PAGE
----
Right, it's time for something stoic and dependable. And apart from a Routemaster or an FX4 cab, do they come more stoic and dependable than a Mercedes W124? I was specifically drawn to this one at Hankins because it mirrors the very car I used to own. In fact, it's such a twin of my old beast that I had to check the number plate, to make sure it wasn't actually my old car. It isn't. But anyway, let's crack on.
Now, these days my love of classic Mercedes' runs marrow-deep, but this wasn't always the case. The old Stuttgart produce never really featured on my radar because I was always into BMWs - growing up they were sporty and dynamic, whereas Mercedes' seemed just a wee bit sober. My mate Ian, though, whom I worked with when I was in my twenties selling Bentleys and Roll-Royces, was a proper Mercophile. Oh my god, he wouldn't shut up about the things. He'd owned many, including W123s and a 190E, and his drip-drip, water-torture enthusiasm was starting to wear me down. At the time I was smoking an E34 525i manual, which I'd bought on the promise of pin-sharp handling and electrifying performance. Now, I liked the 5 Series, but a year into our union the deep love I'd hoped for just wasn't materialising. It felt heavier and more ponderous than I'd imagined it would, and the engine - while lovely and smooth - lacked a free spirit in the way it revved out.
Anyway, by chance, we traded in a pair of W124s saloons - one, a fetching Sportline in Brilliant Silver with eight-hole alloys, which Ian snapped up, and the other in Blue Black with wheels trims just like this car. It was super-low mileage, completely mint and it had air conditioning, which was a must for me. So with the lever of peer pressure giving me last nudge I needed, I bought it. Boom: I was a Mercedes driver. And the day I drove it home, I thought to myself "What on earth have I done?"
Oh my, it was just such an old fart's car. The steering wheel was from a truck, the seats were hard and flat, the dark burr walnut was the colour of an old man's pipe, and the instrumentation was front lit. Now, this may seem like a small detail to fixate upon, but the last car I'd had with front-lit dials was a Mk2 Cavalier. I'd moved on in life since then, and my E34's dials glowed from behind with a lovely warm orange. This was a huge backward step. Then there was the E220's engine. Okay, my 525i wasn't a free-revver, but it was as silky as a mink's belly. The E220's four-pot was gruff, like the big ends in its belly were shot. I wasn't happy.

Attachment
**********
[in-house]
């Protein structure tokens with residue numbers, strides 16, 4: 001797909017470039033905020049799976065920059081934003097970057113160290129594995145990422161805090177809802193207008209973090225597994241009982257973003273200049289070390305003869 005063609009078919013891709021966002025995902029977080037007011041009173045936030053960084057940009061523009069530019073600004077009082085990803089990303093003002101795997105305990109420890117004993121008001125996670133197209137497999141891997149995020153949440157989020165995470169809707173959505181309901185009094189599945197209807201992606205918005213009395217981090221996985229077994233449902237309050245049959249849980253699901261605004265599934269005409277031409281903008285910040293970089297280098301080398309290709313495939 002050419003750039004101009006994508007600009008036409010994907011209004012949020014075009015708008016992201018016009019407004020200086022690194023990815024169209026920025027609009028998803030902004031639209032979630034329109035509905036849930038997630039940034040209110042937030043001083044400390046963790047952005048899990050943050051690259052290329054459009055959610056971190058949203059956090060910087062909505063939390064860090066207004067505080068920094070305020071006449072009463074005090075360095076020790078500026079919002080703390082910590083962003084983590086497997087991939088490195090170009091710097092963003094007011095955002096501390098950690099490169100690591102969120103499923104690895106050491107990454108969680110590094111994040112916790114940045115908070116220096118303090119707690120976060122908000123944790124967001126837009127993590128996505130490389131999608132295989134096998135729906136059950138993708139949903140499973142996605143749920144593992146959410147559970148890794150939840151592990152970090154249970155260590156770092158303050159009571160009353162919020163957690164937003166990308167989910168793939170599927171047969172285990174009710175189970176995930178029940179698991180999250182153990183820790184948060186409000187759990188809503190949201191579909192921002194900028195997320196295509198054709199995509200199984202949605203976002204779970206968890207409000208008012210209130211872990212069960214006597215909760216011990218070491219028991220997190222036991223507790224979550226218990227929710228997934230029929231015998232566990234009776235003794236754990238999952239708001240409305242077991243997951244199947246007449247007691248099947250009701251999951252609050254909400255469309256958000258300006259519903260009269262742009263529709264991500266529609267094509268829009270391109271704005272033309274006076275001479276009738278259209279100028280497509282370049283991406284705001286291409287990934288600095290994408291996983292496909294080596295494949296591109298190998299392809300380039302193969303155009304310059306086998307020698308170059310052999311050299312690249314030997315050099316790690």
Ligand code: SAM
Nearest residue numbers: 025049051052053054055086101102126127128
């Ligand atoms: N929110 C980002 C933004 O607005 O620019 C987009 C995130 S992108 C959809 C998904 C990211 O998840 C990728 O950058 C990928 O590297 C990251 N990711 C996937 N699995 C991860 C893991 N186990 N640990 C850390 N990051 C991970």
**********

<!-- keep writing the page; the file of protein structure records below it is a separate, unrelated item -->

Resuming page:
Yet here's the thing. The joy of cars is when they get under your skin, right? Seeping through every pore and rewiring your brain via your sole. And this is what the W124 did. Yeah, the steering wheel was the diameter of the O2, but it was still a surprisingly accurate implement when attacking corners and exploiting what was, fundamentally, a well-balanced chassis. It really was. On the low-grip, 195-section tyres you could hurl the big old Merc into a roundabout and find yourself aping Jim Clarke in a Lotus Cortina with a lovely four-wheel drift. I'll whisper this quietly, but it felt lighter and lither than the 525i, and more fun. And some of the joy was because this was a pair of M&S tartan slippers on wheels that had no place going sideways, so when it did it felt like an act of anarchy.
But while the W124 would indulge my imbecilic side, conversely it like a wise uncle that also taught me to slow down. I learned the art of coasting, which hitherto had escaped me. It was what the W124 did best. Its ride was soft and forgiving, its engine had plenty of torque to surf (although nothing like the grunt of the fabulous E320 Coupé's that I followed it up with a few years later), the gearbox was slick when you were trickling along, and those hard, flat seats - well, they were superb. On a long drive they were like a made-to-measure wingback. And sure, it was old fashioned inside, but beneath pipe and slippers was the quality that made Mercedes so revered. The unflappability of everything, from the switches to the surfaces, schooled me in the value a well-engineered car over looks and features. It's a lesson that I still heed today.
I just looked forward to getting in the W123 every morning. The silence of the vacuum-operated central locking; the reassuring thud of its well-oiled the door close. And as I settled into its simple but grand interior, I'd look out to the sign of earth, sea and wind in front of me and think, "Oh man, I own a Mercedes." It felt like a privilege to view the world through a three-pointed star and it meant something real back then. Not in a flashy way, because being a twenty-something fella there was plenty of gauche stuff I could've swapped it for if I'd wanted to stand out. But I didn't. I grew to be happy with stoic, sensible and a wee bit sober. You could argue, then, that the W124 made me a better, more rounded person, and that, ladies and gentlemen, is the sign of a truly great car.
Specification | Mercedes E220 (W124)
Engine: 2,199cc, four-cylinder, naturally aspirated
Transmission: 4-speed auto, rear-wheel drive
Power (hp): 150 @ 5,500rpm
Torque (lb ft): 154 @ 4,000rpm
First registered: 1995
Recorded mileage: 59,000
Price new: N/A
Yours for: £6,995
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